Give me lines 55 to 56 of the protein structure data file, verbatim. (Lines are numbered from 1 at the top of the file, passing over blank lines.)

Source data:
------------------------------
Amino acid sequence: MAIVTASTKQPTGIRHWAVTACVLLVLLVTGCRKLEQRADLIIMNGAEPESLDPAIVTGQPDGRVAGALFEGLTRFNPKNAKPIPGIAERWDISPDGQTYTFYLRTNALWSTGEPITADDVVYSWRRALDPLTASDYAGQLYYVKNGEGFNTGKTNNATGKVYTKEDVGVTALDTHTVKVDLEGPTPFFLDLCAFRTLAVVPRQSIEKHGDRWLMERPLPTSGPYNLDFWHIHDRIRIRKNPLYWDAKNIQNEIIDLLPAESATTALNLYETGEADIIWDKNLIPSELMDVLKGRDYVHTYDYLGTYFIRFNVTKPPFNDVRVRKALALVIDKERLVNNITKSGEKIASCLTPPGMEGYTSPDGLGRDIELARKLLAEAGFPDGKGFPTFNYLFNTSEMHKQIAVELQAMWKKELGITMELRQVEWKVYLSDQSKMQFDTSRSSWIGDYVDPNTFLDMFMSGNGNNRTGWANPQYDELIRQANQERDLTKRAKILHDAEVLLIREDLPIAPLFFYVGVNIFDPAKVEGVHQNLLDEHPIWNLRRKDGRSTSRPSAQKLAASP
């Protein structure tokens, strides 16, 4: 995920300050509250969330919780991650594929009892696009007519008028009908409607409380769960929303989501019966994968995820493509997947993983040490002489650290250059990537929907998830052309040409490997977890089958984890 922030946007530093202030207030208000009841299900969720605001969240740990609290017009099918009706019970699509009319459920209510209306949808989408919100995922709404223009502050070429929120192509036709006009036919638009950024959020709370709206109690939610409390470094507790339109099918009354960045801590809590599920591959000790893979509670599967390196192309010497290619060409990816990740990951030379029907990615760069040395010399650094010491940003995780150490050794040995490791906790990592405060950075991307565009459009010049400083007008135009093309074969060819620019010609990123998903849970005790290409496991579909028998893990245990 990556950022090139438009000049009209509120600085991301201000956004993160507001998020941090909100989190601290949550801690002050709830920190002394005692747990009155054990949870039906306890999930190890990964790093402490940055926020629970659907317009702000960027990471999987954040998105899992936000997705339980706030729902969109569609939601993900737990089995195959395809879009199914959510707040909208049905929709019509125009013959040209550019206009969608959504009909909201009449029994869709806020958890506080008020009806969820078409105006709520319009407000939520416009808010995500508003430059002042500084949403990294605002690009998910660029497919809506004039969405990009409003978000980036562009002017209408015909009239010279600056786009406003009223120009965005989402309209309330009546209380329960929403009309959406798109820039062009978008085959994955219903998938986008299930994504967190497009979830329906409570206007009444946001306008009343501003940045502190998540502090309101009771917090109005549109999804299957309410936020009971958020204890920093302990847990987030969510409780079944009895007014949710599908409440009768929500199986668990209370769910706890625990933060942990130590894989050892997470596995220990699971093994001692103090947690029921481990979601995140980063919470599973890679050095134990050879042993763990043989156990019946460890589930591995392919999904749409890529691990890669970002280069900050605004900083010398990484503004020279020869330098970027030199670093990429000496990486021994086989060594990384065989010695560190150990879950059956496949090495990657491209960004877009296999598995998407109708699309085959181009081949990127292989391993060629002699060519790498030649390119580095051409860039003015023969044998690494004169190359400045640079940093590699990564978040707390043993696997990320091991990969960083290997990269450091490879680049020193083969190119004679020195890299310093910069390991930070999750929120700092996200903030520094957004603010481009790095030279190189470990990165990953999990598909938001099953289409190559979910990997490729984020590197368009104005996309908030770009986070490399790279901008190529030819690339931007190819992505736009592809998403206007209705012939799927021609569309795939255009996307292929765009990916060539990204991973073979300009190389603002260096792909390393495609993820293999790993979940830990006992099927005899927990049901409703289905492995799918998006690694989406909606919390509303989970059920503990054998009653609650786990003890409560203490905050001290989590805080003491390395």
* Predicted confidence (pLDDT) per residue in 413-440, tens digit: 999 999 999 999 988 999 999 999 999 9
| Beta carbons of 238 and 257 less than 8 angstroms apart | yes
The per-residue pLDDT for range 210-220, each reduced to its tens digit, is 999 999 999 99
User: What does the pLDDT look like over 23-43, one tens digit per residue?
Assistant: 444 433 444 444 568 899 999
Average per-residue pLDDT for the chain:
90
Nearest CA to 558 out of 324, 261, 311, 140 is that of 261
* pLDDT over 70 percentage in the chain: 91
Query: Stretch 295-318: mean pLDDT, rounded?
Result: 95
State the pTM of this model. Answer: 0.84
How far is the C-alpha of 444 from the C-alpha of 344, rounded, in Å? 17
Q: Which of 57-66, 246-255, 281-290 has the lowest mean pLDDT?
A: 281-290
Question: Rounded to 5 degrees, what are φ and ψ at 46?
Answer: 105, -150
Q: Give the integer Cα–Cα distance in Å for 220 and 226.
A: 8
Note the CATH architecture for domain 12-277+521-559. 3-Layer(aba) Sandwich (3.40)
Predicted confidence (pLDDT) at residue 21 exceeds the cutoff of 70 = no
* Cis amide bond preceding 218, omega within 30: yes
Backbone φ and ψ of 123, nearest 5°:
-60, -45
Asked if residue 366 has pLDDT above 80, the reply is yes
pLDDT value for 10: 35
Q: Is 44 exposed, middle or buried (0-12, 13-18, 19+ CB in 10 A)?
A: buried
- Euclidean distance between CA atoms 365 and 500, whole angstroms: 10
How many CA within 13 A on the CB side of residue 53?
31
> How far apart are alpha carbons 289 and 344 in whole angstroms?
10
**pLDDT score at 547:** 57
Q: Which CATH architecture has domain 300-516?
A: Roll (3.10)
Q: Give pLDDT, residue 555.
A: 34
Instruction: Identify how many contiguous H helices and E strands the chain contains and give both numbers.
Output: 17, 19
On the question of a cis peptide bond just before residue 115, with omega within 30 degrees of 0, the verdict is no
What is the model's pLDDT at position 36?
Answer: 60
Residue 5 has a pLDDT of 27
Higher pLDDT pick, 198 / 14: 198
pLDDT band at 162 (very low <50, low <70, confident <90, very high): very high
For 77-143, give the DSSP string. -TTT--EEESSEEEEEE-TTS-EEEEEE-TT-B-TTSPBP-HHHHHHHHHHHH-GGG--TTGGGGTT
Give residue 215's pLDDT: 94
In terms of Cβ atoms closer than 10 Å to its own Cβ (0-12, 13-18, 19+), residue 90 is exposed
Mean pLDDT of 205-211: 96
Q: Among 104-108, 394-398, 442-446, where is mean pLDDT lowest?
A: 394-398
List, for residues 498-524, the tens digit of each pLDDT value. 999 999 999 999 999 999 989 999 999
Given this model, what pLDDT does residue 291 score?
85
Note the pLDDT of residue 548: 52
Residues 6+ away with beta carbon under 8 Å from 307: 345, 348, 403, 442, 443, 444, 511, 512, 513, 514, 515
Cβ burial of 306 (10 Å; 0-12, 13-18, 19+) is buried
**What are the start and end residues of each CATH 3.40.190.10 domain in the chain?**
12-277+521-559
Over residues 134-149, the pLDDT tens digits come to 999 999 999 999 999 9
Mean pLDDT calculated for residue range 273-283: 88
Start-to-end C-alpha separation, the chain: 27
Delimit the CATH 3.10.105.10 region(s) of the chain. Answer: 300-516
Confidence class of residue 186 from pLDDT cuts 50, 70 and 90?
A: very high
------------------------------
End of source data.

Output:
List, for residues 498-524, the tens digit of each pLDDT value. 999 999 999 999 999 999 989 999 999
Given this model, what pLDDT does residue 291 score?